by Katie Davis
Francisco Goya and Vincent Van Gogh had a lot in common; not only were they two of the greatest artistic innovators of 18th and 19th centuries, but they were both a bit bonkers. Though Van Gogh is known for lopping off a piece of his own ear lobe with a razor blade after an attempted attack on Paul Guaguin, this outburst is not entirely surprising when we take a look at Van Gogh’s history of mental illness and substance abuse.
Throughout his life Van Gogh suffered from temporal lobe epilepsy which probably wasn’t helped by his fondness for absinthe. Many believe he also suffered from bipolar disorder and mania, which would explain his spells of extreme enthusiasm and artistic creation followed by bouts of depression and his eventual suicide in 1890 at a young 37.
Though Goya lived a long life, he also had his fair share of personal struggles, especially as he grew older. After fighting an unknown illness, Goya become completely deaf at age 47 and in his later years he sunk into depression and isolated himself from Spanish society in a country house called Quinta del Sordo, the Deaf Man’s House.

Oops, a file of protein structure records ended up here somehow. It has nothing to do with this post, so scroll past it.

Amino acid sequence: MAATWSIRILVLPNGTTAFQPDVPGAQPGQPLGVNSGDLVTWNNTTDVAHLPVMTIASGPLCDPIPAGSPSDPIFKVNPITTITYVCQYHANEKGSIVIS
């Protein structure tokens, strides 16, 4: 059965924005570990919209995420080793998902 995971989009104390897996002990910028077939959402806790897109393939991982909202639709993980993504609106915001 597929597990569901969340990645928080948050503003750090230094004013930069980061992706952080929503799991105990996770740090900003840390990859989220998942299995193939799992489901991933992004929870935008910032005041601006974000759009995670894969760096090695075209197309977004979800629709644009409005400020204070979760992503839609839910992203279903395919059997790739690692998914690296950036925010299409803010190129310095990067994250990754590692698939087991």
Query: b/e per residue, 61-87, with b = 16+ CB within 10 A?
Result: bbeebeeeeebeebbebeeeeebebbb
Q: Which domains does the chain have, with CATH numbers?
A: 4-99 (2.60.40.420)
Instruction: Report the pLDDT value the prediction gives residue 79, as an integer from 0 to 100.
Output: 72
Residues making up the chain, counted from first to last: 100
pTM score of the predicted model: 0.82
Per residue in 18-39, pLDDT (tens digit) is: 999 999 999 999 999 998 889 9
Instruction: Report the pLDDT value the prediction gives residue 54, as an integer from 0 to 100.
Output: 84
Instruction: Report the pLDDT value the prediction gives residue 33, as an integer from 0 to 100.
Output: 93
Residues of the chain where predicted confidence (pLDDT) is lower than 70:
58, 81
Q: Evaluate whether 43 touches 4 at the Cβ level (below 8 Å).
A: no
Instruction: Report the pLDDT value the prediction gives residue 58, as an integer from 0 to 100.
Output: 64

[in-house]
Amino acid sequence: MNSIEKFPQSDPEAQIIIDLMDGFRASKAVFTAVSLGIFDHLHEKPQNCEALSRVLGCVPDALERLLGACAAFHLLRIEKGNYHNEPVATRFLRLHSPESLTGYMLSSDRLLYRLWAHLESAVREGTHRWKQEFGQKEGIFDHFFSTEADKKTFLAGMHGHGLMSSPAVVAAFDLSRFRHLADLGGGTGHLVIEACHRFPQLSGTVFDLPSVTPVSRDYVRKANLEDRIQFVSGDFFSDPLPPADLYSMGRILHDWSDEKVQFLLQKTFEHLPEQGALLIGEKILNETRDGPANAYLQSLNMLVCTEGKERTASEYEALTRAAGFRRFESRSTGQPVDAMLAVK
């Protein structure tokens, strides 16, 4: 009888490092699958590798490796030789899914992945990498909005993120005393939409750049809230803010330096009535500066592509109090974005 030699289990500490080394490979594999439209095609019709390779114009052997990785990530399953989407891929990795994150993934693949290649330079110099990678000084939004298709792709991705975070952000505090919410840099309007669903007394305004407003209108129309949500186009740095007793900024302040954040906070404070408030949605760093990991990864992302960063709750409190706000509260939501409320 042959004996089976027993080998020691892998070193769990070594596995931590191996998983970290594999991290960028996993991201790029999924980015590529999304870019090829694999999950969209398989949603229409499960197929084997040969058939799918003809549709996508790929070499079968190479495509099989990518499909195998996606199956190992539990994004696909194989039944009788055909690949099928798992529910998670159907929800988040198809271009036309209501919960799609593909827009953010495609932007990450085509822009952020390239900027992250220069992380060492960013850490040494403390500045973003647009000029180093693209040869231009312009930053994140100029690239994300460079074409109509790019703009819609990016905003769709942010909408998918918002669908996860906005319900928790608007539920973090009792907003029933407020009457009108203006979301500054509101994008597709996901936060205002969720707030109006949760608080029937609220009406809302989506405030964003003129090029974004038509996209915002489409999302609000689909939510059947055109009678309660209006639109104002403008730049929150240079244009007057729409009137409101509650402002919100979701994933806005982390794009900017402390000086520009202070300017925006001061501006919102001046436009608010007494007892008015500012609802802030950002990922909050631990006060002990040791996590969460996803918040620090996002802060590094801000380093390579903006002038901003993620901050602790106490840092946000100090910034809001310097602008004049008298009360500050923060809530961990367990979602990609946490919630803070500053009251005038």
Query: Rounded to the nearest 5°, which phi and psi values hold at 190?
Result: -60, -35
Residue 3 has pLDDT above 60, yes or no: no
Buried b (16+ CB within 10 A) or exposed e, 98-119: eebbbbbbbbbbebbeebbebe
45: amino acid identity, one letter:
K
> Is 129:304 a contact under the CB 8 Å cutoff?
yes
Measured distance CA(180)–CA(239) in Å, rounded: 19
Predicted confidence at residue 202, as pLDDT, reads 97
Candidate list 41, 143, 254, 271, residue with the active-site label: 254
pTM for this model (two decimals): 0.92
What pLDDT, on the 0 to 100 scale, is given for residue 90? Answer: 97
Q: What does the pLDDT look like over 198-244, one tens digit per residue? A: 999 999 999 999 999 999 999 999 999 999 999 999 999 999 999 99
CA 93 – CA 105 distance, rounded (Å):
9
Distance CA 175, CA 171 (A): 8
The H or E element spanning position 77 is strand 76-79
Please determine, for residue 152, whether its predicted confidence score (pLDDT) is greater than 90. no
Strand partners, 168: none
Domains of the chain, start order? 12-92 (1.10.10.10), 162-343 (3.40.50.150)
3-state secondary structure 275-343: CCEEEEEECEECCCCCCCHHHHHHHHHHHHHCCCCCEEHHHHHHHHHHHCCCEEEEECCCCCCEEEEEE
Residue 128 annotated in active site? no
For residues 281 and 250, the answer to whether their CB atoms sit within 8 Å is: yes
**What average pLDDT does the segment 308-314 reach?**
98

Obviously these artists suffered significantly from their illnesses, yet it seems more than coincidence that some of their most famous and thought-provoking work emerged from periods of madness. Van Gogh produced his celebrated, Starry Night, while staying in Saint-Rémy-de Provence, an asylum for the mentally ill, and some say the painting was influenced by his use of digitalis, a drug used to quell epileptic seizures and mania. The substance can cause patients to find their surroundings tinted yellow and green and to see halos around sources of light, visual traits clearly present in Starry Night and much of Van Gogh’s work.
Though perhaps they are not his most famous pieces, “The Black Paintings,” frescos which Goya completed privately on the walls of his country house during periods of isolation, are extremely intriguing and provocative. They depict scenes of witches, darkness, and gore that truly convey the raw emotion of a deeply troubled man, yet they also force us to confront the evil that resides within all humankind.
In the end, it is a pity that Van Gogh and Goya were forced to wrestle with the demons of mental illness throughout their lives; however, in appreciation we can value the work of these geniuses not only as artistic masterpieces, but also as windows into the human psyche.
Francisco Goya – b. March 30, 1746
Vincent Van Gogh – b. March 30, 1853